Bhutan is a sovereign state landlocked in the Eastern Himalayas in South Asia. Bhutan, the Land of the Thunder Dragon, is no ordinary place. It is a Himalayan kingdom replete with myths and legends. Bhutan borders China to the north and India to the south, east and west. To the west, it is separated from Nepal by the Indian state of Sikkim; and further south it is separated from Bangladesh by the Indian states of Assam and West Bengal. Thimphu is Bhutan's capital and largest city, while Phuntsholing is Bhutan's financial center. Bhutan is rich of traditional culture. Bhutan compete with current global development devotedly.
The King of Bhutan is known as the Druk Gyalpo, meaning the "Thunder Dragon King". The country's landscape ranges from lush subtropical plains in the south to the sub-alpine Himalayan mountains in the north, where there are peaks in excess of 7,000 metres (23,000 ft). The highest mountain in Bhutan is the Gangkhar Puensum, which is also a strong candidate for the highest unclimbed mountain in the world.
Bhutan holds many surprises. This is a country where buying cigarettes is illegal, where the rice is red and where chillies aren't just a seasoning but the main ingredient. It's also a deeply Buddhist land, where schoolkids wear the gho and kira (traditional male and female clothing, respectively). And while it visibly maintains its Buddhist cultures, Bhutan is not a live museum nor is it a nation of wraithlike ascetics shunning the rest of the world. You will find the Bhutanese arevwell-educated, fun loving and energetic.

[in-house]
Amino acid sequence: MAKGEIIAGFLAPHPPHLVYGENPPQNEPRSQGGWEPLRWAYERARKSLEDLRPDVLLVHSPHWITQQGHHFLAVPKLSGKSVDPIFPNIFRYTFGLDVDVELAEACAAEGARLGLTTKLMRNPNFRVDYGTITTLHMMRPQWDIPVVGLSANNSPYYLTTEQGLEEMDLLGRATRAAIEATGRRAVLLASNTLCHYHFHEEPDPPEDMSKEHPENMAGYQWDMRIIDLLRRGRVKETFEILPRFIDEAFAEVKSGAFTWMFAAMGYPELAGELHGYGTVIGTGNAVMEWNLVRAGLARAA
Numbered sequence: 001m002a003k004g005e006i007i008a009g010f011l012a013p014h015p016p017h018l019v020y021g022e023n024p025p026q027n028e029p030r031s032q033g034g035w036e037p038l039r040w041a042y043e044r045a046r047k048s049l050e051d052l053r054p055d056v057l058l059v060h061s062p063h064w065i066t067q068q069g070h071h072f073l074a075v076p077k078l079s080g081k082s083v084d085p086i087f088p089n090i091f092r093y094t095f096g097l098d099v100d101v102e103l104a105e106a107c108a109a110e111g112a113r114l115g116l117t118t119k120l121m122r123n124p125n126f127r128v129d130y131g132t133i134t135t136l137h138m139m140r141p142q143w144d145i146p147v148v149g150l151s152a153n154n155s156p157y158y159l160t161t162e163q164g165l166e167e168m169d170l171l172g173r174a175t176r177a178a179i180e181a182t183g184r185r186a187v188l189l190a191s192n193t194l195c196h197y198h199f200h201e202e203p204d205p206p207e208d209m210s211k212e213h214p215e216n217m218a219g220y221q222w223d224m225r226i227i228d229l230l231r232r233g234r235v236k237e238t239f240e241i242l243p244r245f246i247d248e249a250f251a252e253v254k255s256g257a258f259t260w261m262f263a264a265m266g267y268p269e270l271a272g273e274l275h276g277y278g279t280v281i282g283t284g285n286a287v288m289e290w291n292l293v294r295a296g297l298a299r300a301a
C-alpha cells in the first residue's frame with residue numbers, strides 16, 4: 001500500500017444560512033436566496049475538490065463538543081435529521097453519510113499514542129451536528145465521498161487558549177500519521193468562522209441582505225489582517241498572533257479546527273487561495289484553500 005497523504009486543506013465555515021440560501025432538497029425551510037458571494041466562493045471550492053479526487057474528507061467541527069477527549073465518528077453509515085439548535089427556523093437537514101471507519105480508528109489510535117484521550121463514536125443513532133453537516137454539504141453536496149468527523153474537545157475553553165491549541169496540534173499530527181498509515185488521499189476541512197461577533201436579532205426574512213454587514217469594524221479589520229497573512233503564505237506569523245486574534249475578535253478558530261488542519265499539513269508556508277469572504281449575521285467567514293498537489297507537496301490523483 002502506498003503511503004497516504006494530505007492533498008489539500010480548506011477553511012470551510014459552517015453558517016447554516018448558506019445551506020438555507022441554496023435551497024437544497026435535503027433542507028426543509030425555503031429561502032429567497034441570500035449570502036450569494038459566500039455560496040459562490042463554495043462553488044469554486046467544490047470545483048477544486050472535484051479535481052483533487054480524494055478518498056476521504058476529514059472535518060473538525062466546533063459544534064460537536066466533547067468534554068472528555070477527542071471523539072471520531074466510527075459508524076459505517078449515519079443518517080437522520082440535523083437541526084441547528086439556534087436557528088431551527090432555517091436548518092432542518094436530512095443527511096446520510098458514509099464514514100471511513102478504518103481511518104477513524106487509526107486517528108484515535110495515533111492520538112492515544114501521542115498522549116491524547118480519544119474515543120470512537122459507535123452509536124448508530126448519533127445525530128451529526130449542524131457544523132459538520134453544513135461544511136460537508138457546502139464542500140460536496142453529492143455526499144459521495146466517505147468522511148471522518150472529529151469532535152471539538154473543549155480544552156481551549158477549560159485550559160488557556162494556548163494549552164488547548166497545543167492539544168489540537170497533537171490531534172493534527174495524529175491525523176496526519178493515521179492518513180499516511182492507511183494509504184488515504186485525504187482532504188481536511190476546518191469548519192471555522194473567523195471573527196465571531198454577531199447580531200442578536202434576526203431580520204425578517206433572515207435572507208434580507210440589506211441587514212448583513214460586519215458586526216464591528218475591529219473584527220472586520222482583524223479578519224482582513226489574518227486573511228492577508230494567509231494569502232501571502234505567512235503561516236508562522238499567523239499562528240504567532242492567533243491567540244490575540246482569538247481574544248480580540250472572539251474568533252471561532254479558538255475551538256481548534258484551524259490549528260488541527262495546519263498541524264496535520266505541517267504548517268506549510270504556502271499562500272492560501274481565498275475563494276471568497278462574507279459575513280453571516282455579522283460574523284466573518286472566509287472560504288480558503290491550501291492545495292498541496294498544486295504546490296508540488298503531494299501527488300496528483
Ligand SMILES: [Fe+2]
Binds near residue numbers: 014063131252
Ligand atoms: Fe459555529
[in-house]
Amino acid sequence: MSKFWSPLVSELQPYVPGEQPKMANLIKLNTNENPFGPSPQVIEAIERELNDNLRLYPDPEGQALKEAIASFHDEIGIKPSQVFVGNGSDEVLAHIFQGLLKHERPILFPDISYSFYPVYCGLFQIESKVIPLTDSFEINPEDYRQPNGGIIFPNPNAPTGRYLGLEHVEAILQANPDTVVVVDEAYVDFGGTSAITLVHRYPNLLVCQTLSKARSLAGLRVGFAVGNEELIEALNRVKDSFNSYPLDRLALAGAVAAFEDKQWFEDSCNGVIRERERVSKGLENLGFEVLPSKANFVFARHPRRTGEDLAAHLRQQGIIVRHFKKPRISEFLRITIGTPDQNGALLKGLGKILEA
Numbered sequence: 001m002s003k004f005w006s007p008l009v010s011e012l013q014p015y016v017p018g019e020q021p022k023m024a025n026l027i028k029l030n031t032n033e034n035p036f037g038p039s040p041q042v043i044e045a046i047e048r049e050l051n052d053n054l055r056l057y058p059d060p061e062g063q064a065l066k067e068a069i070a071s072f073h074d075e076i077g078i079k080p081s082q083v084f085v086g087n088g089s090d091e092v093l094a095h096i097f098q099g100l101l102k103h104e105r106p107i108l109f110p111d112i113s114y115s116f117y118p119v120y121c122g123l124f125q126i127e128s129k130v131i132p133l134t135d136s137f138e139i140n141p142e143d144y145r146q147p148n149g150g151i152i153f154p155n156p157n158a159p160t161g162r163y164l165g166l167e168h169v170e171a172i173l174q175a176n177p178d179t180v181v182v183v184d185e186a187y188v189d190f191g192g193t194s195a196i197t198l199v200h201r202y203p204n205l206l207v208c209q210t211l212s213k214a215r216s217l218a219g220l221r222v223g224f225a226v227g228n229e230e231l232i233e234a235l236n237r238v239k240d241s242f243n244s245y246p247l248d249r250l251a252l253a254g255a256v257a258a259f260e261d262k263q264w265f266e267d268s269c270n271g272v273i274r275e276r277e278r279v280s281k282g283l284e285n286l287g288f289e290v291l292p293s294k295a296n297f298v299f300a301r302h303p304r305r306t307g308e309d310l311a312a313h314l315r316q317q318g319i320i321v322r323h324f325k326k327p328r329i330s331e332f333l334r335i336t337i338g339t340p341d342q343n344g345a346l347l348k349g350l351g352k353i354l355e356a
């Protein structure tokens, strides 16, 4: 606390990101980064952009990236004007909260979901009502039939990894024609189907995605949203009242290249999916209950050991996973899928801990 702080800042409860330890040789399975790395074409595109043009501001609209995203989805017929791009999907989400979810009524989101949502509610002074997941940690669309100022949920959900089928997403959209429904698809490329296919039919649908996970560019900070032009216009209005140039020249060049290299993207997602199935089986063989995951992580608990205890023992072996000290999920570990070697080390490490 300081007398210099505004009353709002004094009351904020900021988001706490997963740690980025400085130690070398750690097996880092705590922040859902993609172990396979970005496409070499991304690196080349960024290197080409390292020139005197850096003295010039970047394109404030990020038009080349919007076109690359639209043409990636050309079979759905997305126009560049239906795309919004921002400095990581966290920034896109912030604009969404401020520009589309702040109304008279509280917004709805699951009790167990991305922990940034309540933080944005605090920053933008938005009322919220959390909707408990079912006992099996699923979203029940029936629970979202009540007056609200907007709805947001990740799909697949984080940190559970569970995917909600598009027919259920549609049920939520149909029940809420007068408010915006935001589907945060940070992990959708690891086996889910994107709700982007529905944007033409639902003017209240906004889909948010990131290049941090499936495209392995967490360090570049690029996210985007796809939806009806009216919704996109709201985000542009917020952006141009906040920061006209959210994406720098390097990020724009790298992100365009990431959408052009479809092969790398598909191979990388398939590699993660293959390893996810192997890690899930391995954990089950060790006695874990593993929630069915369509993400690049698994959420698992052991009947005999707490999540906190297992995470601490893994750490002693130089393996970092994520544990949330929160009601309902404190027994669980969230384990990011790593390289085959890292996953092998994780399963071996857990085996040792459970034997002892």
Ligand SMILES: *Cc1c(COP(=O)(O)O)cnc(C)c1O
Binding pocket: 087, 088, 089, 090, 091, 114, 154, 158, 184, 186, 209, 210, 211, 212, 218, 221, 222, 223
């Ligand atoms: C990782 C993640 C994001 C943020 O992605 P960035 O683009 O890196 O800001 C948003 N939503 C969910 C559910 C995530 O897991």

First off there is the amazing mountainous landscape, where snowcapped peaks rise out of primeval forests in every shade of green. Taking up prime positions in this landscape are the fantastic monasteries and incredible fortress like dzongs. The unique Buddhist architecture embodies the traditional Buddhist culture and sets the scene for spectacular religious dance festivals. Then there are the textiles and handicrafts, extreme archery competitions, spectacular trekking trails and stunning flora and fauna. All this sets Bhutan aside as the last remaining great Himalayan kingdom.
When you do visit Bhutan, you will become one of the few who have experienced the charm and magic of one of the world's most mysterious countries – the 'last Shangri La' – and you'll be playing your part in this medieval kingdom's efforts to join the modern world, while faithfully maintaining its diverse and significant cultural uniqueness.
LOW VOLUME, HIGH VALUE TOURISM
Tourism in Bhutan is unique and the Bhutanese pride themselves on a sustainable, eco-friendly approach in line with the country's popular philosophy of Gross National Happiness. Firstly, to bust a myth: there is no limit to the number of tourists. Visitors famously have to pay a minimum tariff of US$200 per day (rising to US$250 in 2012), making it appear as one of the world's most expensive countries to visit. However, this fee is all-inclusive – accommodation, food, transport and an official guide are all provided. Not only that, but your local guide will reveal the country's amazing landscape and Buddhist heritage, and will also introduce you to the everyday charms of the Bhutanese. You don't have to travel in a large group and you can arrange your own tailor made itinerary. You won't find in Bhutan is crowded backpacker or independent travelers.